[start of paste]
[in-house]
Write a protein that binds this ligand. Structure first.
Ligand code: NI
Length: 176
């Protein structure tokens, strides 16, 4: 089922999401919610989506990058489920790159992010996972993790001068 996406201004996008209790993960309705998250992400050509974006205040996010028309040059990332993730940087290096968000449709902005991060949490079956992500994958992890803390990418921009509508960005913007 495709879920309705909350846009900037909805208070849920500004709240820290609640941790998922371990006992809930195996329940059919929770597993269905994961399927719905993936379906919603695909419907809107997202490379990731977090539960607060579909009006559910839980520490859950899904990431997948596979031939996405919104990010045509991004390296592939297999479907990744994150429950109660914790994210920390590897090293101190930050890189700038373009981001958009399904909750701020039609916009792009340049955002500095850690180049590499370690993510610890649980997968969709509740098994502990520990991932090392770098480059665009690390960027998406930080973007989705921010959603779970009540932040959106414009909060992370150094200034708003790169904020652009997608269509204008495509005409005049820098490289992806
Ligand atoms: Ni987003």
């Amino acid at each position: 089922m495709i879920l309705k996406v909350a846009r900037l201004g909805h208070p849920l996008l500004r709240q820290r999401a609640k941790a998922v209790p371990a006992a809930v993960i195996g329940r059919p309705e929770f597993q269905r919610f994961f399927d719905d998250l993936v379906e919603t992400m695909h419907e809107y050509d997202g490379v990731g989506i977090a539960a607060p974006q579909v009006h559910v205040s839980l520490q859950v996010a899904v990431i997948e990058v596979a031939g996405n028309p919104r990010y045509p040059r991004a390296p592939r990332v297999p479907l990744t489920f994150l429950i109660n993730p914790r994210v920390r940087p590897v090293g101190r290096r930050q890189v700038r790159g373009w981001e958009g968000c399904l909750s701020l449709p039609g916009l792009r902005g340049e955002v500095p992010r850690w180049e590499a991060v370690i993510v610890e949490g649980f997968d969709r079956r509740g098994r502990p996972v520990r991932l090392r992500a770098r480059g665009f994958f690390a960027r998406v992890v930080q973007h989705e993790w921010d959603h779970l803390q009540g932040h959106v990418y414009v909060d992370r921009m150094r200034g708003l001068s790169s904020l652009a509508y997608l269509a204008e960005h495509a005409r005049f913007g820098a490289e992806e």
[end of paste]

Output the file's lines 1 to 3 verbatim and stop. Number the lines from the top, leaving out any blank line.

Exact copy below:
[in-house]
Write a protein that binds this ligand. Structure first.
Ligand code: NI